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Getting UX right first time

31 Oct 2013

| Author: Stan Wade

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Getting UX right first time

Once again I have wandered onto the battlefield between the entrenched armies of UX and development. This is dangerous ground in my experience. The right-brained developers fire their ordnance of logic and process and receive in return the left-brained UX bombardment of creativity.

Of course, both are absolutely vital to delivering first-class software. It’s like combining water and oil, but as any physicist will tell you, it’s difficult but not impossible with a little bit of effort to create an emulsion of the two.

My challenge was that the UX designer wanted to create pixel-perfect screen designs as input to stories. In other words, do all the design up front, which isn’t very Agile. Doing a sufficiency of design up front and expecting an iterative approach is usually more pragmatic. I prefer to take this approach and let feedback help us identify the final release.

I discussed this with a colleague who brought up another extremely valid comment. He said giving definitive designs to developers encourages poor development practices. If the developer is expecting no change to the UX design, then he or she is incentivised to deliver software that does not support the ability to absorb change inexpensively. Why bother to build it in if it’s never going to be used? That’s a good Agile principle, not to build what you don’t need. However, it’s obviously short sighted and will lead to an increased cost when change occurs, as it invariably does.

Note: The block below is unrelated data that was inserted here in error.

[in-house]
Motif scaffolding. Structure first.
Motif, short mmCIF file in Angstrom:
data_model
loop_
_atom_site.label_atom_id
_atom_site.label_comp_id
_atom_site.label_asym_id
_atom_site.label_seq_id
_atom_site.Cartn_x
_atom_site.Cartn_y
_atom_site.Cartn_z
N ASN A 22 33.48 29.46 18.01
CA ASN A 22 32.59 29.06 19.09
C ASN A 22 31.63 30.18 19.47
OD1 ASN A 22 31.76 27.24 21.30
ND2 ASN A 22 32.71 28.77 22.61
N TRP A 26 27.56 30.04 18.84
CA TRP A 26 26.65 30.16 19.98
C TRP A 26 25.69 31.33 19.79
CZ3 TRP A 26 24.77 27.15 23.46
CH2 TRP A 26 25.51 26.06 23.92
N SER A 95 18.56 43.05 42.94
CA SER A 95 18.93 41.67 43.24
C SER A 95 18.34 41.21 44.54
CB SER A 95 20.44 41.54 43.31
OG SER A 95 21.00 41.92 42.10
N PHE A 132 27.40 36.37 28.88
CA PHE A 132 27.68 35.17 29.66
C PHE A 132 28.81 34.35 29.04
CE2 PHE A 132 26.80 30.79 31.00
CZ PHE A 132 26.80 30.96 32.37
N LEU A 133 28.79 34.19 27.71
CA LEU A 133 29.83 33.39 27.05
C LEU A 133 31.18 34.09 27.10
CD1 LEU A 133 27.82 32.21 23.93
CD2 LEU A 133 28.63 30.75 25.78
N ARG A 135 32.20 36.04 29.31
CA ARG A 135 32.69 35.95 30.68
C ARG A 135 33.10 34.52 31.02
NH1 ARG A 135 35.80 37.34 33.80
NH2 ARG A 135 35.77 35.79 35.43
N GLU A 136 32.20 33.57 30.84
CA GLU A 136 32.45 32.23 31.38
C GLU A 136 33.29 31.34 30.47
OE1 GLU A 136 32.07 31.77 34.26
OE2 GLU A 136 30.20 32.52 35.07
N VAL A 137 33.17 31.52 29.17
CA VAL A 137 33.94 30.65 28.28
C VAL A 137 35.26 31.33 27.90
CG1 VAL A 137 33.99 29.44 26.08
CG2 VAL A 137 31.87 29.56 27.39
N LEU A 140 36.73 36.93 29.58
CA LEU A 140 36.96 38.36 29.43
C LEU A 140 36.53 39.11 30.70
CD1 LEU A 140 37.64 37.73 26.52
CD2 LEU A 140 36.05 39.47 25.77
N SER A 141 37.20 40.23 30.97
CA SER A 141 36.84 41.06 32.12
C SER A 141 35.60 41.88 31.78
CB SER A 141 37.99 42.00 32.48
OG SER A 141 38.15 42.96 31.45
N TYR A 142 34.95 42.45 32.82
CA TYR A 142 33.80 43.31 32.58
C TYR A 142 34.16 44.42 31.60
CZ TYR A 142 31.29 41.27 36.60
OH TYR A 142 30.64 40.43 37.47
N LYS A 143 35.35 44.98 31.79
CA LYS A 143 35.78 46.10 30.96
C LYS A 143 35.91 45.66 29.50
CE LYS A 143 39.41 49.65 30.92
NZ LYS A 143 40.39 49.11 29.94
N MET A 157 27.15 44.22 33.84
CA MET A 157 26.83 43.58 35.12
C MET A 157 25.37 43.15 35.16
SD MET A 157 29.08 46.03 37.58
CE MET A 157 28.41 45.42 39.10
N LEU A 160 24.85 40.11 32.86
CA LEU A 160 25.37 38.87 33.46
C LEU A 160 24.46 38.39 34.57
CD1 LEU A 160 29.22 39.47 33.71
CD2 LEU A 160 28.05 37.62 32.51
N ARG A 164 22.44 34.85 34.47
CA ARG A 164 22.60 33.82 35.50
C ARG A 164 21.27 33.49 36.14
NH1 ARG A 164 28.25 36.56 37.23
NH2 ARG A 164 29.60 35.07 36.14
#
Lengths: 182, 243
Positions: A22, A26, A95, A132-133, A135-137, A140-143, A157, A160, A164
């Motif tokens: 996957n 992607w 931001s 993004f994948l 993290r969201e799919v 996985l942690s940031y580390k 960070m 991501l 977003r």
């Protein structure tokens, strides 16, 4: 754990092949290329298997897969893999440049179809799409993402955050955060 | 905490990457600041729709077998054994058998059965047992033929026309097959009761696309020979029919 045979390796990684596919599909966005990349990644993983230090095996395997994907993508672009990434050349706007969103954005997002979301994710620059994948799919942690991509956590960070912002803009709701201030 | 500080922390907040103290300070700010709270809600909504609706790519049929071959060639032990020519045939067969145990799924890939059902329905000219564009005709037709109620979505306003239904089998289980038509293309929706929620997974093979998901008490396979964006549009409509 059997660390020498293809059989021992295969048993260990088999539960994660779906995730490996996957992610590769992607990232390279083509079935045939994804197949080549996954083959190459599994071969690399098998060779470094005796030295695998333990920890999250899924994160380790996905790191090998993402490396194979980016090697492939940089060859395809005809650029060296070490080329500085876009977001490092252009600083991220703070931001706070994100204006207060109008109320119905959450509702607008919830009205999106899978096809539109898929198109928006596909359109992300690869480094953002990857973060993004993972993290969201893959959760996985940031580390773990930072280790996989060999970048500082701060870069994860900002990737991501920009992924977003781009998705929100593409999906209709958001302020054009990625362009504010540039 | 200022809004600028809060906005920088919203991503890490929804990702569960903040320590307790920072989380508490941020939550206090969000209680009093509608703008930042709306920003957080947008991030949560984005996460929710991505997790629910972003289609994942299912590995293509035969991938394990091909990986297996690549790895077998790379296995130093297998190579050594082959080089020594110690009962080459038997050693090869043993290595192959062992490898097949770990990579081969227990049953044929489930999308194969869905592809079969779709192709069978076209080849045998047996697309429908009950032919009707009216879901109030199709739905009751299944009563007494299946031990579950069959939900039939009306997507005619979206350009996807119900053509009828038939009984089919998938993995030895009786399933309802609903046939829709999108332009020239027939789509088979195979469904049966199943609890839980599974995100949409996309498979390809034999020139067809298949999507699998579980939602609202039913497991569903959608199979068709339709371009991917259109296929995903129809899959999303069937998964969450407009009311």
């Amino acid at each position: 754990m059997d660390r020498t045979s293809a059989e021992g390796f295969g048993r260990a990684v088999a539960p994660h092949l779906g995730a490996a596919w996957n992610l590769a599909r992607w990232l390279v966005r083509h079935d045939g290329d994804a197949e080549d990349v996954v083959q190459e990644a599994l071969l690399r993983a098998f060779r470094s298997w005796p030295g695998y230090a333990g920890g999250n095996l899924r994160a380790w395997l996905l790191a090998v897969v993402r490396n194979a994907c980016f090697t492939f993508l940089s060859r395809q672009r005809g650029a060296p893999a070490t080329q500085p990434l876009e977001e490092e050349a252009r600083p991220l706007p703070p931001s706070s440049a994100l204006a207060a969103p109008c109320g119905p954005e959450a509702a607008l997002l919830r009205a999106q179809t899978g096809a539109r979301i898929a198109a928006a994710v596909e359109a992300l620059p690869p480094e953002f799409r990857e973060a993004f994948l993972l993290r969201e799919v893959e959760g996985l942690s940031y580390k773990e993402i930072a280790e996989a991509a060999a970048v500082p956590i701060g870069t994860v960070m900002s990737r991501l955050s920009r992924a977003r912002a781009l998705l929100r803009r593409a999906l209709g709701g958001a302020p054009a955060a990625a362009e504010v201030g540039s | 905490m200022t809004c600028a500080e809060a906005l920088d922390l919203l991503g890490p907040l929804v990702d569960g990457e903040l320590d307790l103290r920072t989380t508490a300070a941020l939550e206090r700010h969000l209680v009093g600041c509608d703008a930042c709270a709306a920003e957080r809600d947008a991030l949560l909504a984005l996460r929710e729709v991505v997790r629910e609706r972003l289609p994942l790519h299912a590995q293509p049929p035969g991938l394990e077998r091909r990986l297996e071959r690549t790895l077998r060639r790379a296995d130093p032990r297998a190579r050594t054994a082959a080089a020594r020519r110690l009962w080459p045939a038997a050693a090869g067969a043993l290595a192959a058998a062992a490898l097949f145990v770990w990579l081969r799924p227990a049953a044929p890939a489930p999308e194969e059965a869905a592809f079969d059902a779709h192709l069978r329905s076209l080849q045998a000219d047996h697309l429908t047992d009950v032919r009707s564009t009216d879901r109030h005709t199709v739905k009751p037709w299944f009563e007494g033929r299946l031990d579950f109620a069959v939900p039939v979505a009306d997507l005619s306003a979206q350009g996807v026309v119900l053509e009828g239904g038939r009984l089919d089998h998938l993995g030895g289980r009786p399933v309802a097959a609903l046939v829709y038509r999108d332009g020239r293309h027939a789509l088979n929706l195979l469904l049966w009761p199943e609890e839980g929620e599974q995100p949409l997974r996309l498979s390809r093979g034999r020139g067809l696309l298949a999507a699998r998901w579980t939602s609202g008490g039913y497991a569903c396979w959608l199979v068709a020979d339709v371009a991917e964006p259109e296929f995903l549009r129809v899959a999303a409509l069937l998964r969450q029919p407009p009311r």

For example, why bother rendering a screen using a cascading style sheet when you could just knock up an image and show that instead? If no changes are expected because the design is ‘perfect’, bad practice looks attractive.

I think the thing I find most difficult to accept is that people actually believe they can get the UX 100% right, or close to, first time. Why is that? I think it’s fair to say that there is a general acceptance that you can’t get your technical design perfect up front. So why is UX any different? How can it be completed when everything around it is in a state of constant flux? And we shouldn’t be waiting to create the last, low value pieces of a screen design when we could be getting real feedback from an early version and applying our efforts to more valuable work.

UX is a type of design and no different from any other design needed within the project. There needs to be a sufficiency developed ‘up front’ and it should be expected to be progressed, refined and probably refactored a few times during development. We need to expect change and build with the ability to accept it inexpensively when it comes. Of course, this is a balancing act and we have to be pragmatic on how flexible we need to be, but during the project we are capable of making that call.

Two things I have found that make UX people more comfortable are: the reassurance that they can stay on the team to some degree and continue to design as the system emerges; that they can have a ‘bucket’ of points to allow them to change their mind or make refinements. Obviously, the bucket is sized offering a budget for rework.

So I am a bit confused why this is still a problem. Part of UX is ‘experience’ so why don’t people believe that experimentation and feedback is vital to the overall quality of the product? Ahh, maybe because I have one of those ‘right-sided brains’ and I simply don’t understand, but I am not convinced. I was warned by a friend that this may start a flame war with UX designers. I say open discussion is a good thing here, so happy to be burned to a crisp if it gets us closer to a common understanding. When I say common understanding, I really mean agree with me! :)

If your organisation is looking for support in taking iterative approaches to design and development, please get in touch.

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Stan Wade

Stan is a highly experienced Agile mentor, with almost two decade's experience of Agile over a number of market sectors, primarily in the financial sector. He takes a business-led approach to IT, complemented by a strong development and operations background.

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